Francis Bacon at the Met

Q: "Why not paint a rose?"
A: "A rose is very mortal. When you see a rose, this beautiful rose that in a day or two is dying, its head is falling over and its withered. So is there a great deal of difference between a rose and my subject matter, really. I don't think there's anything horrifying about my subjects." ~ Francis Bacon

The audio tour was extremely informative, and I got to hear the artist talk himself. He loved to used this still-frame from Eisenstein's Battleship Potemkin. And I almost cried when I saw the triptychs he made after the death of his criminal lover. There is so much going on beneath these terrible corrupted surfaces.

Also, Michelangelo's first painting (at 12 years old!!!) is also a must see at the Met, while you can. I couldn't find a photo of my favorite demon, with the most hellish asshole ever. 

And I forgot/didn't know that they played classical music in the evenings in the lobby.


Lincoln Center - After the Storm

Dance Reanimation & SYTYCD 103

Nijinsky was one of the greatest ballet dancers of all times, but unfortunately he danced before the rise of film and went crazy at 29. So all we have are photographs of his famous work "Afternoon of a Faun." This French artiste named Comte made a few 30 sec movies about Nijinsky, animating thru the computer several old photos into an 'old film.' Remarkable in its idea, but it could really benefit by some basic animation principles.

And of course my pick of the week: Randi & Evan dance contemporary to "Koop Island Blues" choreographed by the overly-talented Mia Michaels.


Columbus Circle

To sketch in a public space is divine.

And if you are looking for a quick sci-fi read, try "Childhood's End" by Arthur C. Clarke. Sci-fi from the 1950s is always fun because sometimes the writers totally miss the concept of the computer and all their spaceships are piloted by vast vacuum tube robots, haha, which gives the story a nice retro-future feel. I like how Clarke touches on concepts of alien-contact, utopia, and racial memories. :-D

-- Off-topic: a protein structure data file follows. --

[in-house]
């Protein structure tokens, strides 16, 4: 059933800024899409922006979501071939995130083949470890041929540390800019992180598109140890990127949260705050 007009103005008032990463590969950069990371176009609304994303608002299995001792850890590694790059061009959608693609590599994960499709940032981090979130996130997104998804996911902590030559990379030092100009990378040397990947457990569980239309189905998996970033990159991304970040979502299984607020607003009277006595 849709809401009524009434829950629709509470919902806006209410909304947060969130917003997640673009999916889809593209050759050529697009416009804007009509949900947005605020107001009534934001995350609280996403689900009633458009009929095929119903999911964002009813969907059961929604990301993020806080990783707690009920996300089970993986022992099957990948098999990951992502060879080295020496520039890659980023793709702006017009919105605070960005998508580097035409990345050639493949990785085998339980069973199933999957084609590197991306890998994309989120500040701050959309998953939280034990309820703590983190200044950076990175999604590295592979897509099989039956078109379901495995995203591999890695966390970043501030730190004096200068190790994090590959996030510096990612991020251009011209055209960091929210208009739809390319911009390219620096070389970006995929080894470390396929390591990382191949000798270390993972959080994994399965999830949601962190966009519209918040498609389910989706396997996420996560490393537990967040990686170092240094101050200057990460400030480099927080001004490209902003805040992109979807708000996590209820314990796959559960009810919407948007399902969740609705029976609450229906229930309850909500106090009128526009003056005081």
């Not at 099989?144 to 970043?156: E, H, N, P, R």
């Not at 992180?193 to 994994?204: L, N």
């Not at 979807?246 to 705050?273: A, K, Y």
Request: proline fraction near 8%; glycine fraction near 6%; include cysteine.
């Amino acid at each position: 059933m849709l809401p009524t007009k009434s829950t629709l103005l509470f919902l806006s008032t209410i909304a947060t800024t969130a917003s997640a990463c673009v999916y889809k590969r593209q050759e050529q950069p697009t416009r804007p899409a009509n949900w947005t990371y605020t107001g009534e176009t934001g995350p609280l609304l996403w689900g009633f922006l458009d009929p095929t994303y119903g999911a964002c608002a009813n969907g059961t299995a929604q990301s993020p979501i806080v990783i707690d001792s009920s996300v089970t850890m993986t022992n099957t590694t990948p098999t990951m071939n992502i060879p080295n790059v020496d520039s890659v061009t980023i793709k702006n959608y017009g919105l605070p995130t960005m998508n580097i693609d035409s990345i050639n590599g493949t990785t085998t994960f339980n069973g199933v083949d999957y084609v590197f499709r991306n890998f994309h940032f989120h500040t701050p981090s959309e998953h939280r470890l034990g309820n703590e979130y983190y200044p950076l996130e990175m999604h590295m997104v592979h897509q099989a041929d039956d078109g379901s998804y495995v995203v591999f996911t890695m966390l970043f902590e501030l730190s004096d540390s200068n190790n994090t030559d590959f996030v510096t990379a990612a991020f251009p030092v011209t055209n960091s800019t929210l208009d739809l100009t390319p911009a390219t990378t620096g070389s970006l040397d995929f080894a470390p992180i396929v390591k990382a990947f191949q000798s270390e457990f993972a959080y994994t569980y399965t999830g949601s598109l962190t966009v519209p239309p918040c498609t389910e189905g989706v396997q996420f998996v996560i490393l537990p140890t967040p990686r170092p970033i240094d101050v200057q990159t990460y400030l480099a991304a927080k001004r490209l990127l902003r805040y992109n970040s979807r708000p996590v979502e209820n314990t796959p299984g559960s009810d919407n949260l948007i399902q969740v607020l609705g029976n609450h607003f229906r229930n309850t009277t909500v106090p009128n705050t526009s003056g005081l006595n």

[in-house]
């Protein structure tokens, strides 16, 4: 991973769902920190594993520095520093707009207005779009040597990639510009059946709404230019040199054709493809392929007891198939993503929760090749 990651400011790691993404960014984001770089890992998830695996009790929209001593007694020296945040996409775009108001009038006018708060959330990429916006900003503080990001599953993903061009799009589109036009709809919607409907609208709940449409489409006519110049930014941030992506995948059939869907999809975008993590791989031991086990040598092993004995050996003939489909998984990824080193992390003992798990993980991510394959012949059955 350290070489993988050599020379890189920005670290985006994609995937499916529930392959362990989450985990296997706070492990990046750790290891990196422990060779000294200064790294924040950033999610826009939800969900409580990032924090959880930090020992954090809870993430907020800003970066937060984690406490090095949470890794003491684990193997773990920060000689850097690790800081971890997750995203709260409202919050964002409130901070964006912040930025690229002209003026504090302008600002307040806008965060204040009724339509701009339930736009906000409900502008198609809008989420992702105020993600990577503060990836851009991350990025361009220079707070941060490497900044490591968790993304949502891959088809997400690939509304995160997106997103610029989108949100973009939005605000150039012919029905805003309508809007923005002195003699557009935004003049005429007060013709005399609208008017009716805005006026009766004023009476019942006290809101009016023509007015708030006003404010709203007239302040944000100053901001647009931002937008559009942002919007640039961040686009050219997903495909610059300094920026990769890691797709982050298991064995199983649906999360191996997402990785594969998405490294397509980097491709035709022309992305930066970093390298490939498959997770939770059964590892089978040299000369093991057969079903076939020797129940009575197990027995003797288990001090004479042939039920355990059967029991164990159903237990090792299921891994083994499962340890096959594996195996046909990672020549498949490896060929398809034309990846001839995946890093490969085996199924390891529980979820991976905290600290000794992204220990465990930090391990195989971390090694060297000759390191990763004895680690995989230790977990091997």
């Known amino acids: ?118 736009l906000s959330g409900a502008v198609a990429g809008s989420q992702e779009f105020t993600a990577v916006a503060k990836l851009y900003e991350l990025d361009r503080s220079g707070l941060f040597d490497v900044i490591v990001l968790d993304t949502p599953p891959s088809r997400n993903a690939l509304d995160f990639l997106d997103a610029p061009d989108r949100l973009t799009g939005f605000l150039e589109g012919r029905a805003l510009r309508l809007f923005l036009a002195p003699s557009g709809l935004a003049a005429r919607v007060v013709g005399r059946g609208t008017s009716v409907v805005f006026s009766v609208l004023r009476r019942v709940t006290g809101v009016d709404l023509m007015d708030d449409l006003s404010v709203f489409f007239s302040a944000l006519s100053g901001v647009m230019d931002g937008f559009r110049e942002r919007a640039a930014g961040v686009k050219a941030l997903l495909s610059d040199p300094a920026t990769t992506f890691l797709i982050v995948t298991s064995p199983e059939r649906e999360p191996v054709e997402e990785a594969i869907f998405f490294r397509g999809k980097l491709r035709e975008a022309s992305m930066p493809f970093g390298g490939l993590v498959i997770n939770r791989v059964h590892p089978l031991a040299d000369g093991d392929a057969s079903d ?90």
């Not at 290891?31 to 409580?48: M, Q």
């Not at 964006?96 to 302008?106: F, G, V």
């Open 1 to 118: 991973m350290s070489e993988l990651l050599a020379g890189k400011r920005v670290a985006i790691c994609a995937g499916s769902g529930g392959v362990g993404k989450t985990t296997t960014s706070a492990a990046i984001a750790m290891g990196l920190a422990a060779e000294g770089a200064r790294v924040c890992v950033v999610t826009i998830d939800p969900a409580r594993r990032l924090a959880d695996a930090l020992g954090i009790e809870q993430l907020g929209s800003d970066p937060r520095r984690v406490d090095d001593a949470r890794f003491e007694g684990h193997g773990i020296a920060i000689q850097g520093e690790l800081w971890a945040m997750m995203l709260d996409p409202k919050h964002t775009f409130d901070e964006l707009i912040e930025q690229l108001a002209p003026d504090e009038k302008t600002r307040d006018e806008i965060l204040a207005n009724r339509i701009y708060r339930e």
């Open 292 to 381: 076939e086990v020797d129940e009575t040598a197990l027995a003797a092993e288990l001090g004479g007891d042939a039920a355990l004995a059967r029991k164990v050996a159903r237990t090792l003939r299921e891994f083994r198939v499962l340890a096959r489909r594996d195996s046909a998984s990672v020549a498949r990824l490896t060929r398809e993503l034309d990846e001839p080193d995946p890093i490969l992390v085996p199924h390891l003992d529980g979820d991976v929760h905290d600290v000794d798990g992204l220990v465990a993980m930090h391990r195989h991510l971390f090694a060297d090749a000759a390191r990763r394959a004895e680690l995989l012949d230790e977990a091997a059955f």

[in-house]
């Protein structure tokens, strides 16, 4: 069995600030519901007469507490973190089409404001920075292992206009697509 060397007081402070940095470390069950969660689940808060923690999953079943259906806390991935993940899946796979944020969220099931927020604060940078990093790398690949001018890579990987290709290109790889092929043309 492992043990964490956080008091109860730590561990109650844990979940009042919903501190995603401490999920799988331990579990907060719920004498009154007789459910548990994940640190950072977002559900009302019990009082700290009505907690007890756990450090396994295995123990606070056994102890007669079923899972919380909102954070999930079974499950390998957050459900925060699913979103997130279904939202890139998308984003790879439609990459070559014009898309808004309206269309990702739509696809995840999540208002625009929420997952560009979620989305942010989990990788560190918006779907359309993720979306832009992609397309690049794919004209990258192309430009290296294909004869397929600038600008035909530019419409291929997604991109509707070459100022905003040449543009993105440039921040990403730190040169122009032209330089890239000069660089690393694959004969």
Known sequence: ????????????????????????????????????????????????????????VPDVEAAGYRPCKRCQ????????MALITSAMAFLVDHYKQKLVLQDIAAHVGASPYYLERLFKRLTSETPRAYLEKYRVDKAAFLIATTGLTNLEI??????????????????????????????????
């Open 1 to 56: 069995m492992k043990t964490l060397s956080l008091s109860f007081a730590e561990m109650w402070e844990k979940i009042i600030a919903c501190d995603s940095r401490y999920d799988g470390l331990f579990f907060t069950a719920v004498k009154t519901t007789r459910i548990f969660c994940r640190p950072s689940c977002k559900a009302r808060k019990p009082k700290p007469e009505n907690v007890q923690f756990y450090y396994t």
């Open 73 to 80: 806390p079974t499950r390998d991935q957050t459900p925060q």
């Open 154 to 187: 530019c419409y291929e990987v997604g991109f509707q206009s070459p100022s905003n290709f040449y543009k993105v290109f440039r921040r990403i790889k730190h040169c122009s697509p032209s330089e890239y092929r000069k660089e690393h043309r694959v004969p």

This is not the couple I voted for, but they make for the more interesting sketch. I am a fan of Kupono and the Ballerina



I watched Apocalypto about a week ago and I was blown away by the alienness of the Mayan culture.  How did Mel Gibson put together something so beautiful (he didn't, the costume designer did).  Anyway I really wanted to put some sketches together for tablet practice and I finally found time to finish.  The designer said they made all the color dyes out of natural plants found in Mexico.  And she faked all the jade, which was a status symbol.  These girls in the movie are the laughing debutantes of that gristly culture.  Amazing.  I think the coolest part are the jade-teeth and the 'scarification' which I had never heard of before.  Colour me Aztec.

PS - this commercial was too cool to pass up


Some Arts